EAT – Is it just a fancy acronym?
As with anything Google or SEO related, there has been a lot of chatter about EAT signals and their impact on SEO performance ever since they were announced as a thing. We’ve shared guidance on our channels and to our clients about EAT and its purpose, but what does it actually mean and is it something that really matters?
What is EAT?
EAT originally surfaced as part of the Search Quality Evaluator Guidelines which began in 2015. The SQEG (what a sexy acronym) are basically a guide that Search Quality Raters (people whose job it is to manually rate websites and feed the human results into the algorithm) use to determine whether a website has high quality content. There are 175 pages if you fancy a spot of light reading.
EAT stands for: A high level of Expertise, Authority & Trustworthiness
To break that down a little further…
Expertise: This is all about asking if you’re providing value to the conversation and topic that you operate in, in an expert and meaningful way. Do you have a real human face/voice that is responsible for your content? If so, they don’t have to be a recognised or famous expert, but they should be working in a role relevant to the content being produced and be considered an expert on that topic, say a Senior Strategic Search Consultant talking about SEO for example 😉
Authority: This looks at whether the site writing the content is considered an authority on the subject. Are they peer reviewed with relevant links from other authoritative sources? This doesn’t mean you need to have thousands of links from all over the web, but it does mean you need to have some relevant links from similar sites that would back up your content.
Trust: This asks if you’re providing trustworthy advice and content. Does it come from a brand or person that can be considered valid and reliable? Trust goes further than just assessing the words on the page, and again looks to other relevant sources such as legitimate corresponding social accounts and valid contact methods to get in touch with the company.
Does it really matter?
EAT is pretty much just a new way of saying ‘high quality content’ from Google. They’ve added some specific guidance around what that means and how you can utilise it, BUT – the principal is still the same as it was six years ago:
High quality content will always perform better.
So, in answer to the specific question of whether EAT matters, then yes, 100% it does, but I think a better question is: does it matter more now than any other Google content guidance?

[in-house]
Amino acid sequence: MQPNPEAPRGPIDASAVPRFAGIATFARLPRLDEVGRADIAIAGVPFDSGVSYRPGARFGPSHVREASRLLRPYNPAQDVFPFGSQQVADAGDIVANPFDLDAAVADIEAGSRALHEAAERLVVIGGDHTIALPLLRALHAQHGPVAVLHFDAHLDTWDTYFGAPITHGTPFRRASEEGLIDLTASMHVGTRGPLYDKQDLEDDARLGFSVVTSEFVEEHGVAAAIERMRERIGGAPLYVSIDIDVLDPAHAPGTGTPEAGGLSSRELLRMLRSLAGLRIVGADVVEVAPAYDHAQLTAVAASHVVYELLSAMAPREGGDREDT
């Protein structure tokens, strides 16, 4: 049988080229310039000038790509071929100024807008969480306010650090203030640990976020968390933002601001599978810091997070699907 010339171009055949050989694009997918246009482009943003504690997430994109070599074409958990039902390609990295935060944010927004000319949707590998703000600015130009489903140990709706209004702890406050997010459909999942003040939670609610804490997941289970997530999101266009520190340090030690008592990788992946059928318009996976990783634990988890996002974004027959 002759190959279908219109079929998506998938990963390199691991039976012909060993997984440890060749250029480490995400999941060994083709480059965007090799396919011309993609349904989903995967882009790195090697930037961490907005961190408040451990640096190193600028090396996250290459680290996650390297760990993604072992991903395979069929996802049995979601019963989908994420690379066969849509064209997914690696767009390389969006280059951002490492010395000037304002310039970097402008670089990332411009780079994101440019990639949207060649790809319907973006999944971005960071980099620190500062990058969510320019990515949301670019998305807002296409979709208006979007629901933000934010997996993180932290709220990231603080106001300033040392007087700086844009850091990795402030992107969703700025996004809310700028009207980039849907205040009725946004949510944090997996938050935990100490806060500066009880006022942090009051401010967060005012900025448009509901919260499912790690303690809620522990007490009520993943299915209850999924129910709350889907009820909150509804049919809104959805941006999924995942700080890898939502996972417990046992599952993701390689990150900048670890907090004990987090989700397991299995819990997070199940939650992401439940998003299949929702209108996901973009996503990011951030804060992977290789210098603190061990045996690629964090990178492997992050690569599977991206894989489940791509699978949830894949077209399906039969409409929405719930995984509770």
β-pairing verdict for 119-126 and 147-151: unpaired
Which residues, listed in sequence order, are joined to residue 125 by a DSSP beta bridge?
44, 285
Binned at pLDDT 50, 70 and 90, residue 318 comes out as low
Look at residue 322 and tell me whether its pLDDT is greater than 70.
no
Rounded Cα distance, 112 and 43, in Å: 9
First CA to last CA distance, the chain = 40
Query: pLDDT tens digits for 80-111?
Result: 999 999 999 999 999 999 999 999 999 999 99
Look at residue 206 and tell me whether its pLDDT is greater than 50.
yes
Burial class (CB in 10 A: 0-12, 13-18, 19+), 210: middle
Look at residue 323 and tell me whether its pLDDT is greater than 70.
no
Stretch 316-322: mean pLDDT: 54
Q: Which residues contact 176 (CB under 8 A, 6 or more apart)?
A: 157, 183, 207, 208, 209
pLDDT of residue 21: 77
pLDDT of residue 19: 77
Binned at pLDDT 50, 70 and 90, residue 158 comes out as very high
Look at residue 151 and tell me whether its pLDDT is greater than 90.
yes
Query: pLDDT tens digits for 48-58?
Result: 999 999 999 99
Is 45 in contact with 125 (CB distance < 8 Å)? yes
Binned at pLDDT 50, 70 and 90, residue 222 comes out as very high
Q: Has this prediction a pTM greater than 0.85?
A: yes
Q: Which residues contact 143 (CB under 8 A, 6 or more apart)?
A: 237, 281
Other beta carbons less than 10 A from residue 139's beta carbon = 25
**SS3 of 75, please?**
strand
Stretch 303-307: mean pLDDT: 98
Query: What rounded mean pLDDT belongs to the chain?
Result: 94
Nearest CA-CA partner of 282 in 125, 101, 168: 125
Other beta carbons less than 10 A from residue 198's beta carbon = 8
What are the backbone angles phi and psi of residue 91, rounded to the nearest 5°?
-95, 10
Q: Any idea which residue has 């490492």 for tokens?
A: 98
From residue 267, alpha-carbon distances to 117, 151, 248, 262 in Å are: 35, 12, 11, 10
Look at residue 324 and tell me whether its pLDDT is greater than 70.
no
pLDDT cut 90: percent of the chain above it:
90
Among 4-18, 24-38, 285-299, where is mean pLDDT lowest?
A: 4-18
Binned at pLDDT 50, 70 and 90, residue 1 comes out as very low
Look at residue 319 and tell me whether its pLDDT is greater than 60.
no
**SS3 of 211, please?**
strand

I believe the answer is no, EAT doesn’t matter more than high quality content, it is just another way of talking about it and another way of trying to engage marketers in undertaking it. I think it’s a way to try and stop people engaging in poor content practices like keyword stuffing, spammy landing pages, content stealing and all other manners of shady practices.
I think the better thing for people wanting to improve their organic performance to remember is that performance growth lies in the detail. We need to sweat the small stuff and really go granular when presenting our content to users. We need to think about what their needs are for as many different scenarios and address them:
• How can we help?
• Can we provide inspiration?
• Can we help them decide on how to progress with their next purchase?
• Can we point them in the right direction?
This next bit is also important if you want to do EAT/high quality content well:
Not every piece of content you produce needs to be sales or lead based!
It can’t be if it is going to be useful to a wide range of users.
Being helpful = being present in the conversation.
You can’t be helpful if you don’t know what your customers need help with and you can’t help if you don’t write any useful content. This is where detailed and considered SEO research comes into play, to provide you with that guidance on how to be present, relevant and helpful.
If you’re not helpful, you won’t touch the users that are looking for help, therefore you won’t be considered when they actually need a product or service that you can provide. So being helpful, being granular and sweating the small stuff is actually the way you become EAT and a high-quality content producer. And that WILL drive your organic revenue.
Can a brand truly be helpful?
Of course it can!
Can a brand provide advice on caring for a pet? Or how to better organise their money? What about health? Nutrition? Coffee? PC Games? If done from a position of expertise and trust then the answer is a resounding yes, and the brands that do currently, are the brands that are winning in SEO.
What practical steps can I take from this?
Well, the first one is obviously to have a chat to HOME’s SEO team about your content 😉
But outside of that, I’d recommend doing an audit of your current content, trying to answer the simple question: does this help someone in a way that is relevant to the products and services we provide?
If the answer is no, you then need to decide if that content is there for another reason or if there is a way to improve it. Not every single piece of your on-site content will be specifically helpful, but the pieces that are there to attract customers need to be. Oh, it also helps if your products and services are actually helpful too!
So is EAT just a fancy acronym? Well yes, it is, BUT, it’s the context behind the acronym that is important. It’s trying to do what Google has always tried to do, drag content creators, webmasters and digital folks forward into creating high quality content. So, by all means put focus on EAT, it will help, but I’d say it’s more important to be detailed and aim to be truly helpful to your customers – your traffic, sales and reputation should follow, trust me.
Written by:James Mechan Senior Strategic Search Consultant
Category:What we think
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